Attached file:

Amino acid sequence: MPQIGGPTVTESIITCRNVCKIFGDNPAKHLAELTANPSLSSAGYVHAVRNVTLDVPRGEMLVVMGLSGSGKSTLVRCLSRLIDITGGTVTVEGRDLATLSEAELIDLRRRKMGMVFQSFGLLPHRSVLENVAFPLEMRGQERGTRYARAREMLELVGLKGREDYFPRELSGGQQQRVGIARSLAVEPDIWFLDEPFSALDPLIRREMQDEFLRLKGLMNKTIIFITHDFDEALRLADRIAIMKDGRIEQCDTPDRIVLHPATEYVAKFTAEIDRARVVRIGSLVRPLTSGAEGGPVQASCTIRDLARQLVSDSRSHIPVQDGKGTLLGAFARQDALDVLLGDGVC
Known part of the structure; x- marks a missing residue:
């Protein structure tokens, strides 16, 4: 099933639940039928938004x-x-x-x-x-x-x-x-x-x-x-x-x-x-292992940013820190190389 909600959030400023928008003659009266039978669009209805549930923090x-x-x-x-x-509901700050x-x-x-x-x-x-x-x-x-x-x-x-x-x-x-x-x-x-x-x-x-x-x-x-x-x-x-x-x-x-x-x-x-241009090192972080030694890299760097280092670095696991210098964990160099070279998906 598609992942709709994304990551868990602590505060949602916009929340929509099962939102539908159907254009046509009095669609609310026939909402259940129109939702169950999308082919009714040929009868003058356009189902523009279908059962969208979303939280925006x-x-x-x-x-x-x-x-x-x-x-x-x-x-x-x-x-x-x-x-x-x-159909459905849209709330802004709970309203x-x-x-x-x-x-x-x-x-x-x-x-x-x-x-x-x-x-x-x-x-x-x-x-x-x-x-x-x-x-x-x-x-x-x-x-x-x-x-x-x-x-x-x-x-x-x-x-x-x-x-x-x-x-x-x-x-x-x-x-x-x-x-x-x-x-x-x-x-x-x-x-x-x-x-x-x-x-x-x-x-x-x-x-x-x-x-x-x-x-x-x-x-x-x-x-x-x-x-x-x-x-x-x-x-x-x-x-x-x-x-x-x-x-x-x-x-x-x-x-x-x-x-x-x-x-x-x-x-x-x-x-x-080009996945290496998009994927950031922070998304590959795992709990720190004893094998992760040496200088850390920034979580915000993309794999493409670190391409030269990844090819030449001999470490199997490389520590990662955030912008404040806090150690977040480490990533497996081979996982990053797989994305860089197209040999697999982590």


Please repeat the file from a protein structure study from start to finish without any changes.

Amino acid sequence: MPQIGGPTVTESIITCRNVCKIFGDNPAKHLAELTANPSLSSAGYVHAVRNVTLDVPRGEMLVVMGLSGSGKSTLVRCLSRLIDITGGTVTVEGRDLATLSEAELIDLRRRKMGMVFQSFGLLPHRSVLENVAFPLEMRGQERGTRYARAREMLELVGLKGREDYFPRELSGGQQQRVGIARSLAVEPDIWFLDEPFSALDPLIRREMQDEFLRLKGLMNKTIIFITHDFDEALRLADRIAIMKDGRIEQCDTPDRIVLHPATEYVAKFTAEIDRARVVRIGSLVRPLTSGAEGGPVQASCTIRDLARQLVSDSRSHIPVQDGKGTLLGAFARQDALDVLLGDGVC
Known part of the structure; x- marks a missing residue:
């Protein structure tokens, strides 16, 4: 099933639940039928938004x-x-x-x-x-x-x-x-x-x-x-x-x-x-292992940013820190190389 909600959030400023928008003659009266039978669009209805549930923090x-x-x-x-x-509901700050x-x-x-x-x-x-x-x-x-x-x-x-x-x-x-x-x-x-x-x-x-x-x-x-x-x-x-x-x-x-x-x-x-241009090192972080030694890299760097280092670095696991210098964990160099070279998906 598609992942709709994304990551868990602590505060949602916009929340929509099962939102539908159907254009046509009095669609609310026939909402259940129109939702169950999308082919009714040929009868003058356009189902523009279908059962969208979303939280925006x-x-x-x-x-x-x-x-x-x-x-x-x-x-x-x-x-x-x-x-x-x-159909459905849209709330802004709970309203x-x-x-x-x-x-x-x-x-x-x-x-x-x-x-x-x-x-x-x-x-x-x-x-x-x-x-x-x-x-x-x-x-x-x-x-x-x-x-x-x-x-x-x-x-x-x-x-x-x-x-x-x-x-x-x-x-x-x-x-x-x-x-x-x-x-x-x-x-x-x-x-x-x-x-x-x-x-x-x-x-x-x-x-x-x-x-x-x-x-x-x-x-x-x-x-x-x-x-x-x-x-x-x-x-x-x-x-x-x-x-x-x-x-x-x-x-x-x-x-x-x-x-x-x-x-x-x-x-x-x-x-x-080009996945290496998009994927950031922070998304590959795992709990720190004893094998992760040496200088850390920034979580915000993309794999493409670190391409030269990844090819030449001999470490199997490389520590990662955030912008404040806090150690977040480490990533497996081979996982990053797989994305860089197209040999697999982590």